On Monday night, the Metropolitan Museum of Art hosted its annual event to raise money for the Costume Institute, the museum's only self-funded department. The Met Gala 2016 — or, more pointedly, what publicist Paul Wilmot called the "ATM for the Met" — was a night for America's rich and beautiful to get dolled up and flaunt the most cutting-edge formal wear to millions of adoring fans.
Anna Wintour, American Vogue editor and chairwoman of the Met Gala for almost 20 years, was the belle of the ball. Wintour has been instrumental in transforming the gala into a star-studded, invite-only, multi-million-dollar fundraiser. At $30,000 a piece, tickets are reserved for the fashion and entertainment elite — which is why, when the Met's Costume Institute debuts its annual exhibit, the world takes notice.
Manus x Machina: Fashion In An Age Of Technology is this year's exhibit. It will run from May 5 to August 14. In honor of the exhibit's tech-based theme (and Apple sponsorship), guests were asked to follow a "tech white tie" dress code.
Event co-chair Taylor Swift showed up in Louis Vuitton as what she described as a "futuristic gladiator robot."
Supermodel Gigi Hadid arrived arm-in-arm with boyfriend, singer, and partial cyborg Zayn Malik. (The former One Direction member wore metal sleeves over his Versace tuxedo.)
And Beyoncé made the final grand entrance, looking like a kickass fembot in her nude-colored latex (slaytex?) Givenchy dress.
But the night's highlights were the A-list guests who incorporated actual gadgetry into their Met Gala dresses.
Claire Danes wore a pale blue Zac Posen gown that glowed from head to toe.
Supermodel Karolina Kurkova wore a gown designed by Marchesa in collaboration with IBM. Her outfit embodied "wearable technology" on two fronts: a dress covered in 3D LED flowers, and a dress color that changed based on five moods that her followers tweeted to her account.
Meanwhile, Emma Watson sported the "sustainable" wearable look. Her custom Calvin Klein Collection pantsuit incorporated sustainable cotton, satin, and taffeta woven from recycled plastic yarn.
From the glamorous to the completely outrageous, Monday night's event showed the world how much technology has influenced the world of haute couture.
Man Vs. Machine
Manus x Machina will bring together more than 100 ensembles from over 130 years of fashion. Highlights will include Issey Miyaki's "Flying Saucer" dress, a mutable outfit that, like a Slinky, can expand and shrink to its original shape.
Miyake has consistently integrated innovative textiles with his designs. For last year's spring collection, Miyaki introduced the 3D Steam Stretch, a technique that uses steam to give a lightweight, textured look to pre-treated fabric.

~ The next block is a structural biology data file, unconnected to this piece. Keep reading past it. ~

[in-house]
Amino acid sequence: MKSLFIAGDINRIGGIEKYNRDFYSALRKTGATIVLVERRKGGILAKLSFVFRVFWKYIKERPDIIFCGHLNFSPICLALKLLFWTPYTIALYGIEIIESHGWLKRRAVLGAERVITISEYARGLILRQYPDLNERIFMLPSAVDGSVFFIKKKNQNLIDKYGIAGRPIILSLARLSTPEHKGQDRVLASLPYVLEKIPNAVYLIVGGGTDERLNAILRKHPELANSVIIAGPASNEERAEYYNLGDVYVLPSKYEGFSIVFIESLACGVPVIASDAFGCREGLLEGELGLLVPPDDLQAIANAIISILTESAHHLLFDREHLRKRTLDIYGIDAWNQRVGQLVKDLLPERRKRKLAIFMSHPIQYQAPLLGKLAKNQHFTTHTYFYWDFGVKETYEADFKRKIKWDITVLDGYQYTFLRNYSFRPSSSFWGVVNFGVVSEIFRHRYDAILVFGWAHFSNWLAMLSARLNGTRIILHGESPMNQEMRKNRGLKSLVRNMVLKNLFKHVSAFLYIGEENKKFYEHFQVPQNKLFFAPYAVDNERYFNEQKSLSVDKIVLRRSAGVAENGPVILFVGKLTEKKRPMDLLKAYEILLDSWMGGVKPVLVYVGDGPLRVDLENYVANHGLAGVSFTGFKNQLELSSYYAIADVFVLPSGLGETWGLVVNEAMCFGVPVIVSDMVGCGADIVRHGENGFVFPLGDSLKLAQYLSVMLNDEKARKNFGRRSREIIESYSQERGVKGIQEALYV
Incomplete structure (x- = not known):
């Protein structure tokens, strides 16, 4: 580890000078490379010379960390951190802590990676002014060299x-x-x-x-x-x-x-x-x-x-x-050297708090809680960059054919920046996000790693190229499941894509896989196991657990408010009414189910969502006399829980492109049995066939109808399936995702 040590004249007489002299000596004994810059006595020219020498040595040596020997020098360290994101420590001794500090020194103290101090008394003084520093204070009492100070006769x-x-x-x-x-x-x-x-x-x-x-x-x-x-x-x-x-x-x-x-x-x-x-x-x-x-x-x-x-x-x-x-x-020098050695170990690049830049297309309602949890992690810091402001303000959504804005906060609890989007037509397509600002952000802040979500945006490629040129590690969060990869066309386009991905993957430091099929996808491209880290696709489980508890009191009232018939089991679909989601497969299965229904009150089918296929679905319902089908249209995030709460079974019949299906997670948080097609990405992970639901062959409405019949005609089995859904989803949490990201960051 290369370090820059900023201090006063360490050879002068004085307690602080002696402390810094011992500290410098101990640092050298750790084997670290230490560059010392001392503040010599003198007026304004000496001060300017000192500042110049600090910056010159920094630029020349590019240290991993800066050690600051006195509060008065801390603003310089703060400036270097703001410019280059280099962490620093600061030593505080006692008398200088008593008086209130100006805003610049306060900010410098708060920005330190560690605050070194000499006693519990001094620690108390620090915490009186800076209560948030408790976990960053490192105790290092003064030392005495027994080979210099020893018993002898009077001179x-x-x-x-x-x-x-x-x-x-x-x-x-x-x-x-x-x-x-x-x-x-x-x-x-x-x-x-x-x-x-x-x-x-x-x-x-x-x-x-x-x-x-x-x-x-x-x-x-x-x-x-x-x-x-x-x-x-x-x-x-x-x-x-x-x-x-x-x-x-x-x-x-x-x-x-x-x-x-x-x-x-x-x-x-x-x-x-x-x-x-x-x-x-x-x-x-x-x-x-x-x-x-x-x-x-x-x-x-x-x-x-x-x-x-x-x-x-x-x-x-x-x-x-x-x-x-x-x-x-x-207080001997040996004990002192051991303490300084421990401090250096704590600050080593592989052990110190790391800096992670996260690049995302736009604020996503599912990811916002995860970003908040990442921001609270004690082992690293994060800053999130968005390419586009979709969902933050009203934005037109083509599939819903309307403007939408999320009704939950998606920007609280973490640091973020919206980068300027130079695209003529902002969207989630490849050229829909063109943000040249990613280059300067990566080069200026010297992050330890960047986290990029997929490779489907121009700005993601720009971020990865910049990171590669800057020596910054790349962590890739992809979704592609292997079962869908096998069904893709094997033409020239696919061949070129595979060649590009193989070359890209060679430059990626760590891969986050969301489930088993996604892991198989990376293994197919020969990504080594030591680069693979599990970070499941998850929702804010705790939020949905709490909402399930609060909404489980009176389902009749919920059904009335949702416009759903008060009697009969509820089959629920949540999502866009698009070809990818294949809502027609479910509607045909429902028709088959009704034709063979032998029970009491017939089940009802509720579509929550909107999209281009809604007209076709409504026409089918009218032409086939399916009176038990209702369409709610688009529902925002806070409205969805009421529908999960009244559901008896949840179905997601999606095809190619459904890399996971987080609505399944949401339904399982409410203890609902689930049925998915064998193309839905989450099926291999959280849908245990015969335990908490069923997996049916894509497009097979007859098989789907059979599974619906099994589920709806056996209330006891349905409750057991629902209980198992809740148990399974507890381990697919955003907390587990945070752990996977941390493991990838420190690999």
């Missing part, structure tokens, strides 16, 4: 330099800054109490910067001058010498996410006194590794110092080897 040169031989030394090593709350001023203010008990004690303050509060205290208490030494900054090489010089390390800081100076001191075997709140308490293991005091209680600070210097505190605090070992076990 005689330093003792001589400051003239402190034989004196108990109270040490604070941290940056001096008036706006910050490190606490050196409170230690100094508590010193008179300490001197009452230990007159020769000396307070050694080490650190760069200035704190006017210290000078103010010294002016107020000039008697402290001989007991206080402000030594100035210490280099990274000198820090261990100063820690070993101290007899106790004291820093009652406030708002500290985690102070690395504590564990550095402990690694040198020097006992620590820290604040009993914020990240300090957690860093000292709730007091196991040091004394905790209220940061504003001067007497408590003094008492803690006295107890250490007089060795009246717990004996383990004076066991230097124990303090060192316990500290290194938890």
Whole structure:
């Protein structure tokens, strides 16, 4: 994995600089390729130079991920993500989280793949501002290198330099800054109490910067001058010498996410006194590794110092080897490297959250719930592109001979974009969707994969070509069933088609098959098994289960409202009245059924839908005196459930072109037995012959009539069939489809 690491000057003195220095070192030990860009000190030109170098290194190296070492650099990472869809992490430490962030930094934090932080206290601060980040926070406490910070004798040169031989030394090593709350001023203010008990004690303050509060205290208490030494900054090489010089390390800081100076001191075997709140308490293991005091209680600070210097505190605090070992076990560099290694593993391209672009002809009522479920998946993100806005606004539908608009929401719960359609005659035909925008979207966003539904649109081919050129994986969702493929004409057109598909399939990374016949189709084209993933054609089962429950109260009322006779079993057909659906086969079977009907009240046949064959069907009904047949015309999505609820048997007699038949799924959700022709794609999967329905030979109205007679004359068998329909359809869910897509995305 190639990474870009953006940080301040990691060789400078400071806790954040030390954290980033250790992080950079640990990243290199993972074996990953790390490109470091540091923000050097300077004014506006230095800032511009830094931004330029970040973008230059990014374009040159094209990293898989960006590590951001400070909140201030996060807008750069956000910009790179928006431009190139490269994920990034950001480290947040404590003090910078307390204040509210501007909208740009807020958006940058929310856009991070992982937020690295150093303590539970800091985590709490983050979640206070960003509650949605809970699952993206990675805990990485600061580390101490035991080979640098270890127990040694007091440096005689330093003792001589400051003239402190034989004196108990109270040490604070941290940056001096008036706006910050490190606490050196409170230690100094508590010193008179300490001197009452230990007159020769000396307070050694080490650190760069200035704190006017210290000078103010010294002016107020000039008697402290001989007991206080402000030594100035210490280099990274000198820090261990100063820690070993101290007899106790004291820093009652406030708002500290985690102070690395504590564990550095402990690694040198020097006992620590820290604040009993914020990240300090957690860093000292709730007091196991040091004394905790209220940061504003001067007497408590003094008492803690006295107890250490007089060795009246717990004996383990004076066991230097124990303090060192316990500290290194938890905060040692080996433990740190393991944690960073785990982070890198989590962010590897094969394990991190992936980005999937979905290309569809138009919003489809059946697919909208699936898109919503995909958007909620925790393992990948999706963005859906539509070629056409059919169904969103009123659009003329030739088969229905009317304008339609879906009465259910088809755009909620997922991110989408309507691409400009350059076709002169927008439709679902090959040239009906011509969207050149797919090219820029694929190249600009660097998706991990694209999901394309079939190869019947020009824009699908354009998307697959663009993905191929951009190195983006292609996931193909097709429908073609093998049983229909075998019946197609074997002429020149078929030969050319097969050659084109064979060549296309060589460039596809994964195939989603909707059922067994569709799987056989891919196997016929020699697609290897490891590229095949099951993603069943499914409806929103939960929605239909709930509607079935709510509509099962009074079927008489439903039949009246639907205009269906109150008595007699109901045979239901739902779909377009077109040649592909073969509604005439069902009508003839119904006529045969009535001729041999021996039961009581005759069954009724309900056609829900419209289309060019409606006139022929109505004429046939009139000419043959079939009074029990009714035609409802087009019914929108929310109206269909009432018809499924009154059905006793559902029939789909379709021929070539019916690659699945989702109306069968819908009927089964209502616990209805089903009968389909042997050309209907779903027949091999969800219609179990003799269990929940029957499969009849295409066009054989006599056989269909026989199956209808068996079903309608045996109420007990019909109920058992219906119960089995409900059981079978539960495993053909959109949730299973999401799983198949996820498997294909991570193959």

The exhibit will also feature designs from Hussein Chalayan, whose spring '07 collection featured a dress that transformed on the runway from a Victorian gown to a 1920s flapper dress.
Source. Hussein Chalayan's "Kaikoku" dress (autumn/winter 2011–12) moves on invisible wheels to give the impression that the model is floating on air.
Dutch designer Iris Van Herpen, known for incorporating laser-cutting and 3D-printing techniques into haute couture and ready-to-wear designs, will have multiple dresses on display.
Source. Iris Van Herpen uses cutting-edge techniques to produce high-end fashion for the 21st century.
Meanwhile, Yves Saint Laurent's 1969 evening gown, which is covered entirely in hand-glued feathers, will represent haute couture's traditional approach to creating custom-fitted pieces by hand.
"Traditionally, the distinction between the haute couture and prêt-à-porter (ready-to-wear) was based on the handmade and the machine-made," said Andrew Bolto, curator in charge of The Costume Institute. "But recently, this distinction has become increasingly blurred as both disciplines have embraced the practices and techniques of the other."
In other words, the lines have now been blurred between traditional haute couture and mass-produced, machine-made garments.
Haute Couture In Wearable Technology
High-end fashion and wearable technology are seemingly at odds. Haute couture is constructed by hand, using only high-quality fabrics for a single user. On the other hand, ready-to-wear garments (including wearable devices) are entirely machine-made to provide practical convenience for the masses. What unites the two concepts, however, is innovation.
“Both the automated and handcrafted process require similar amounts of thoughtfulness and expertise," said Jonathan Ive, Apple’s Chief Design Officer. "There are instances where technology is optimized, but ultimately it’s the amount of care put into the craftsmanship, whether it’s machine-made or handmade, that transforms ordinary materials into something extraordinary."
We don't expect the everyday wearable device to emerge in fashion's highest circles anytime soon. But as the Met Gala 2016 proved, technology has merged with fashion in ways we had never anticipated. If Anna Wintour and Apple have any say in the future of wearables and fashion, it will probably be manus with machina.